We'd never do our legions of readers the discourtesy of asking their ages, but we'll wager you're all old enough to remember what was meant to be a 15-minute trip to the local Blockbuster turning into an hour-long agony of unavailable New Releases, genre-related disagreements, mislaid membership cards and interminable queues. Blockbuster, though wounded, is still extant, and yesterday a bankruptcy judge approved Dish Network's $320 million bid (remember when that used to be real money?) for the former movie rental behemoth. In addition to purchasing the business, we hope Dish has acquired some wisdom from Blockbuster's downfall.
Not that long ago, Blockbuster was the Kleenex of watching movies at home. Sadly for those of us who were customers, they threw that weight around with nonexistent customer service and unconscionable late fees. Their hubris (or inertia) extended from their operations to their brand. While digital cable made on-demand movies a reality and Netflix fine tuned its operations, Blockbuster did little, if anything, to expand associations with its brand beyond dissatisfactory brick and mortar experiences. By the time Blockbuster did start offering DVD's by mail and online movies, it was too late - its competitors' brands had cornered the market on forward-thinking convenience.
So what does this mean to Dish?
We know people whose job it is to see the future. We know people whose job it is to see the future before them. We wish we had that kind of perspicacity, but we can say with confidence that:
- with cable companies, phone companies, satellite companies and wireless companies competing to provide increasingly similar bundles of services;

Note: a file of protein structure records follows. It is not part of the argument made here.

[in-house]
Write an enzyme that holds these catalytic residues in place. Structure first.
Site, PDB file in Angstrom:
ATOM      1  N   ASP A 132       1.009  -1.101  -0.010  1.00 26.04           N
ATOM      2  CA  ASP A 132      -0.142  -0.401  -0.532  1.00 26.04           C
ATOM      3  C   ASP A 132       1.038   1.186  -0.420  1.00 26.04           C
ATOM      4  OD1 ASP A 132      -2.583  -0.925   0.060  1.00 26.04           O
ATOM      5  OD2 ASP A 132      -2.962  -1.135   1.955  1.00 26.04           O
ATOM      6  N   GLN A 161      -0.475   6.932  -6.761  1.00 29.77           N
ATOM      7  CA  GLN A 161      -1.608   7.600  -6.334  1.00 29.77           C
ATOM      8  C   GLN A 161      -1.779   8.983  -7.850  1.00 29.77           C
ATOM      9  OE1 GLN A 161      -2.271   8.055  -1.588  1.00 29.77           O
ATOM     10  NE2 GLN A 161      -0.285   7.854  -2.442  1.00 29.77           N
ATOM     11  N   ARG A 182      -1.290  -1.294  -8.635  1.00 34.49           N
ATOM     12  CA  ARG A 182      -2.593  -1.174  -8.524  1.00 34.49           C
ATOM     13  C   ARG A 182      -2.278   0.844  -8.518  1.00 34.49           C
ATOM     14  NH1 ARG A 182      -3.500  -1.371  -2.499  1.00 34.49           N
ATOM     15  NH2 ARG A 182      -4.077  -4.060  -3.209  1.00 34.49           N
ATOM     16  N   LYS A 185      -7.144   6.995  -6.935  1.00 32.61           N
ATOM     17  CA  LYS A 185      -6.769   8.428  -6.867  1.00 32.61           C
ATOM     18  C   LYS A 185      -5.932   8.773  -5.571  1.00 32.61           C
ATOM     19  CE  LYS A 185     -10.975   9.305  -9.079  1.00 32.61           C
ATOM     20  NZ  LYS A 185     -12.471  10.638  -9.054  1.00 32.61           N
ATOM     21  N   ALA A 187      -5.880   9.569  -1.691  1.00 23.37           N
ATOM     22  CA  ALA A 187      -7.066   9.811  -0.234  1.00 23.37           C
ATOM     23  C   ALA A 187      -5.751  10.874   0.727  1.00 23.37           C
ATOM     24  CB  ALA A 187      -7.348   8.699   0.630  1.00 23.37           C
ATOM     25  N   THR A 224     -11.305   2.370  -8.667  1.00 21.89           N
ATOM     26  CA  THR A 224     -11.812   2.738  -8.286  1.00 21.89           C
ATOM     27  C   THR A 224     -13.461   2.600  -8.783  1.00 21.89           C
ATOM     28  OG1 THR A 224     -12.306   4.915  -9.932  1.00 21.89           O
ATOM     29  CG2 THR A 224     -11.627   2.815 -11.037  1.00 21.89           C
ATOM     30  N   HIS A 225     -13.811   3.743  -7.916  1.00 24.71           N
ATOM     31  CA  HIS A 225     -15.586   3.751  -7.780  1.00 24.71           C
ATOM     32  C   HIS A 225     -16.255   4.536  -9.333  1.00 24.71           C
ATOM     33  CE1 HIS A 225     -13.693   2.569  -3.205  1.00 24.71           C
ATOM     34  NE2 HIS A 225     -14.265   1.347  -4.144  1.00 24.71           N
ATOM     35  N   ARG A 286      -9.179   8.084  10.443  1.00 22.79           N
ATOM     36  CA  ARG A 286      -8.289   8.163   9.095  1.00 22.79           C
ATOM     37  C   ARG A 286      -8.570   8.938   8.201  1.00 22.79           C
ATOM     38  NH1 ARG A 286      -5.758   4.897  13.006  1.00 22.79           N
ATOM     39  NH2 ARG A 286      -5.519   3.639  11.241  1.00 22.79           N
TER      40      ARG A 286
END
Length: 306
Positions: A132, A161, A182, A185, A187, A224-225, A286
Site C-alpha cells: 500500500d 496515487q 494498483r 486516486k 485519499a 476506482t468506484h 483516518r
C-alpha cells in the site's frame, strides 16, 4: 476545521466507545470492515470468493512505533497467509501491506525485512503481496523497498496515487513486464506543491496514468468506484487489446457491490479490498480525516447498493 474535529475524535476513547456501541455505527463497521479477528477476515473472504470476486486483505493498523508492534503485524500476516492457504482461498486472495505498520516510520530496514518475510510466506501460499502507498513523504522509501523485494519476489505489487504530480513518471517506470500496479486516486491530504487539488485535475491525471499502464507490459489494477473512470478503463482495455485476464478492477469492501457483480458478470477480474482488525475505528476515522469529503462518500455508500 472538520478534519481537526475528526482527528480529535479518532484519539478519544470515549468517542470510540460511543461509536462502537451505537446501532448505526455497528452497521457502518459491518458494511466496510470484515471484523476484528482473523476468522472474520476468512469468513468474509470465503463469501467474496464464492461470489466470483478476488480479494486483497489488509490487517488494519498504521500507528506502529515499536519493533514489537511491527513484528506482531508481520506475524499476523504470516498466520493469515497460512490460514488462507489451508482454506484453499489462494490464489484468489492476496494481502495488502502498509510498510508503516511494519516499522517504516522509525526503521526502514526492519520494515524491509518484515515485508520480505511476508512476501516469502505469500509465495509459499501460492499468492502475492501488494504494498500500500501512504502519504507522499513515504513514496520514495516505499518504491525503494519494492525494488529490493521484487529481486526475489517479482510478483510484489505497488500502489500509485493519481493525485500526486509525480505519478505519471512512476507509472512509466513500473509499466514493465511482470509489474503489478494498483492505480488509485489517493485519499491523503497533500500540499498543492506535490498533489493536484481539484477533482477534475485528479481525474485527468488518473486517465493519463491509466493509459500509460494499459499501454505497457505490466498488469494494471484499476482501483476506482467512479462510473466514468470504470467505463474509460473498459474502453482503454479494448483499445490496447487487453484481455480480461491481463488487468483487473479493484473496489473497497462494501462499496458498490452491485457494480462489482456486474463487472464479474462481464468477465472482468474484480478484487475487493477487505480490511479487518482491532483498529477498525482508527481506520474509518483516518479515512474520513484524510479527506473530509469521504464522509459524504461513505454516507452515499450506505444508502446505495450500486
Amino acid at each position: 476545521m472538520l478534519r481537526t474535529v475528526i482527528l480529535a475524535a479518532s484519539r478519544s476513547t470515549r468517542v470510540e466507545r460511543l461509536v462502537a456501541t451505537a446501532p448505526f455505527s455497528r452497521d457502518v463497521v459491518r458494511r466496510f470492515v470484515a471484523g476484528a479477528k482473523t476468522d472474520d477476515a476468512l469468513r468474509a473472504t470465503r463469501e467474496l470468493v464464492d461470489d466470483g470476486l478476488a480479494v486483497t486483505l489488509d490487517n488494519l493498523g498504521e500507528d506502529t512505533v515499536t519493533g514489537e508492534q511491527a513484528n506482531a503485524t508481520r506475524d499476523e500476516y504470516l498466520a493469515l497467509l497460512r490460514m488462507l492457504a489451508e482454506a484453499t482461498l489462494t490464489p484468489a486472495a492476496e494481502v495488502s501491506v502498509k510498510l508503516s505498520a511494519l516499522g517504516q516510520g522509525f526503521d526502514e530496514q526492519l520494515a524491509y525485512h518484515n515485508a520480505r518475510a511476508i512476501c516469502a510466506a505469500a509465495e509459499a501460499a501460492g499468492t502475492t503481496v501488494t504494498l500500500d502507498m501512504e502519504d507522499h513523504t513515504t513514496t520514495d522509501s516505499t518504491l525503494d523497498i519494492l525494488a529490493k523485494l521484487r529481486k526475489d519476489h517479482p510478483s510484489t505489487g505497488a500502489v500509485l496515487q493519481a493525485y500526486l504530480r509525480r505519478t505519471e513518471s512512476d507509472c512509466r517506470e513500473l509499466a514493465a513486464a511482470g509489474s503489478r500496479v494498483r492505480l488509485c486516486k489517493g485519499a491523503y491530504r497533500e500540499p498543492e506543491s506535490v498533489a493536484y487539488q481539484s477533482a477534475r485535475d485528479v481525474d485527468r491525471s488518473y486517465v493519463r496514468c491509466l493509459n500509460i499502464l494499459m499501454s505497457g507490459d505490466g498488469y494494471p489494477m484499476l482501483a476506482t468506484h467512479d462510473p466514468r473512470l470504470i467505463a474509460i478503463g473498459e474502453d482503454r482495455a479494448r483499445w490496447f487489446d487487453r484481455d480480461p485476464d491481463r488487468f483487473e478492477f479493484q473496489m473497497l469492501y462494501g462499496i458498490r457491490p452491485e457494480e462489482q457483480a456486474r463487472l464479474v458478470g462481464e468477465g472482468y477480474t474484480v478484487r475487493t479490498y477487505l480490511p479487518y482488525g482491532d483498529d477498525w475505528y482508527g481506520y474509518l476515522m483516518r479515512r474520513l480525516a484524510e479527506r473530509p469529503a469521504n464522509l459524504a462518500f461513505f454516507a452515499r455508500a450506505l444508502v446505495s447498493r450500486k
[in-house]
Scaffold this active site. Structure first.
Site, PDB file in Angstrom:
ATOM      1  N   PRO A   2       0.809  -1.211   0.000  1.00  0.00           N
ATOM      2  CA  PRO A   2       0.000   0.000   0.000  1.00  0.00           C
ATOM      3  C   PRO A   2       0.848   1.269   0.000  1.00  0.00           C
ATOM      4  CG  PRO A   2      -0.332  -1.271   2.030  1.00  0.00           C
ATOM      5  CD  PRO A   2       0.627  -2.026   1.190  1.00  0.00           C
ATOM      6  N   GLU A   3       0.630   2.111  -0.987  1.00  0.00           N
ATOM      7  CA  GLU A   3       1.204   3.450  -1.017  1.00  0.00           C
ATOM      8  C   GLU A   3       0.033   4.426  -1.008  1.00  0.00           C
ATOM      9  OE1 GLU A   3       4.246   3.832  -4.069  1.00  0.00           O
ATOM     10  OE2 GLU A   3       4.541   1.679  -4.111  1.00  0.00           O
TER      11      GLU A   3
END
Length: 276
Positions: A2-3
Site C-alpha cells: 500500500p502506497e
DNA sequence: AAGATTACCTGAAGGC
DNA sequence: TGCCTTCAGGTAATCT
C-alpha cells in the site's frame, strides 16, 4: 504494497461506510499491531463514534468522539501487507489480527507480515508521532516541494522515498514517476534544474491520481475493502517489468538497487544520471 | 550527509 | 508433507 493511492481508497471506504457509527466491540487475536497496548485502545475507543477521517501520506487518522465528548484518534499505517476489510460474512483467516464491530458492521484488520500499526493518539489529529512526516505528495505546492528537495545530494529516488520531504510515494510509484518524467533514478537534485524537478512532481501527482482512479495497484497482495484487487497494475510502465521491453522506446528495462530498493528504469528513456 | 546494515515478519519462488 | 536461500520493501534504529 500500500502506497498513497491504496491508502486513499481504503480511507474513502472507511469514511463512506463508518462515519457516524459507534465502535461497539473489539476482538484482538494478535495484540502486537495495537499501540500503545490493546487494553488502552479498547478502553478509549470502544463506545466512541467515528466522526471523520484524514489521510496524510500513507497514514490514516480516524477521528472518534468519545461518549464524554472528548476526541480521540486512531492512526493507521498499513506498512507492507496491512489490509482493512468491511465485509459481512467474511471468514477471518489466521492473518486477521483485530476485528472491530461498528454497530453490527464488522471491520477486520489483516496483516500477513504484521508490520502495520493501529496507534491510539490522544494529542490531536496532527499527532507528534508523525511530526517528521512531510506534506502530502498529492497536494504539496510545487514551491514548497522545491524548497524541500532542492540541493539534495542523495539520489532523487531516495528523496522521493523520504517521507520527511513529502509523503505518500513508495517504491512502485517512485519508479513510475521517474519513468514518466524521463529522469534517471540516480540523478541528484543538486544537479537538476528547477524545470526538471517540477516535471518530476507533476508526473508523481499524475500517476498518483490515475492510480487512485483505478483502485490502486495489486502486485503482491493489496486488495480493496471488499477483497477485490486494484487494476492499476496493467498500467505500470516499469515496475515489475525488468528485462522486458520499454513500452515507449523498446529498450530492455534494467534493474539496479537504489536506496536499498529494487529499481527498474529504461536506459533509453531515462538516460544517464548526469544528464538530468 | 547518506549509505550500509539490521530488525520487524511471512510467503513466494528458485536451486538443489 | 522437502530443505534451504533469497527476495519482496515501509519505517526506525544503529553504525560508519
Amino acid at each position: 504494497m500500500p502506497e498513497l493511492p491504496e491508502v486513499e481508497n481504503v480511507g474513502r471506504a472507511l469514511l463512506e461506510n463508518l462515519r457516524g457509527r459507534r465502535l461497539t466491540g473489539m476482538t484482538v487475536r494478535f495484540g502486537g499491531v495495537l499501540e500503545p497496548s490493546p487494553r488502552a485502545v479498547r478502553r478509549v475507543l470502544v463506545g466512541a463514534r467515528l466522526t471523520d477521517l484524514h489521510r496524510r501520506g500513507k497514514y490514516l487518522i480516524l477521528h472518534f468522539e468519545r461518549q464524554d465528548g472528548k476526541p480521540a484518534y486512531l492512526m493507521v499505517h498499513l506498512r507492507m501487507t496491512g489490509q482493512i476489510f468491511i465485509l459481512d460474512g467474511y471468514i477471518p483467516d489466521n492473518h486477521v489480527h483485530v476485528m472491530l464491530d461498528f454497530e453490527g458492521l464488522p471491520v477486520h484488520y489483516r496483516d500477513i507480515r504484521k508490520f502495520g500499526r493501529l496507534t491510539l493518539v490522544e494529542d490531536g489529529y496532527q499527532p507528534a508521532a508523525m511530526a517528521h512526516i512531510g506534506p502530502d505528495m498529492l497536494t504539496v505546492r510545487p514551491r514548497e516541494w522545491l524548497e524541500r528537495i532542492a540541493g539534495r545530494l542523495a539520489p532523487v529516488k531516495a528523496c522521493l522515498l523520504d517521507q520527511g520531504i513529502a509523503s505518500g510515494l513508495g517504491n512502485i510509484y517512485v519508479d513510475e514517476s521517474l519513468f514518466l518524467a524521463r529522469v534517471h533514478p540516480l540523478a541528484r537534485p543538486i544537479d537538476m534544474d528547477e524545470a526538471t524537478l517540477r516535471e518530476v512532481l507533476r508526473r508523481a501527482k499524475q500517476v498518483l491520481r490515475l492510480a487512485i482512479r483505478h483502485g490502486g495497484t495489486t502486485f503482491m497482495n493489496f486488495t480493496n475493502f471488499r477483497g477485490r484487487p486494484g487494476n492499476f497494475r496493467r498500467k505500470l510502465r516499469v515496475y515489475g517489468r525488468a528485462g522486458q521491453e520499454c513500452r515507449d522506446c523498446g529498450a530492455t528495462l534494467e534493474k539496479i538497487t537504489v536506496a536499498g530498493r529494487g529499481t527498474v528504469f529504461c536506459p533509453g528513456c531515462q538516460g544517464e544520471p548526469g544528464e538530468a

- with consumers coming to understand that movies, television, music and every other type of content can be reduced to binary strings;
- with Google choosing Kansas City to test a 1 Gbps fiber-to-the-home network;
it behooves Dish to start building some flexibility into its brand.
We know that Dish is locked in competition against cable, and that a brand that focuses on the hardware and the distribution mechanism certainly helps them differentiate. But that brand does little in the fight against DirecTV, and it aligns them inextricably with a technology that may not be the winner in the content delivery arms race.
Brand is about more than name, more than logo, but those elements do matter a lot. We're not asserting that Dish needs to change its corporate identity or face certain death (if iTunes can sell movies then Dish can offer more than just satellite service). We are, however, saying that Dish should learn from Blockbuster's failure to adapt to a changing marketplace.
It doesn't require knowing exactly what the future will look like, but it does require acknowledging that the future may not arrive via satellite.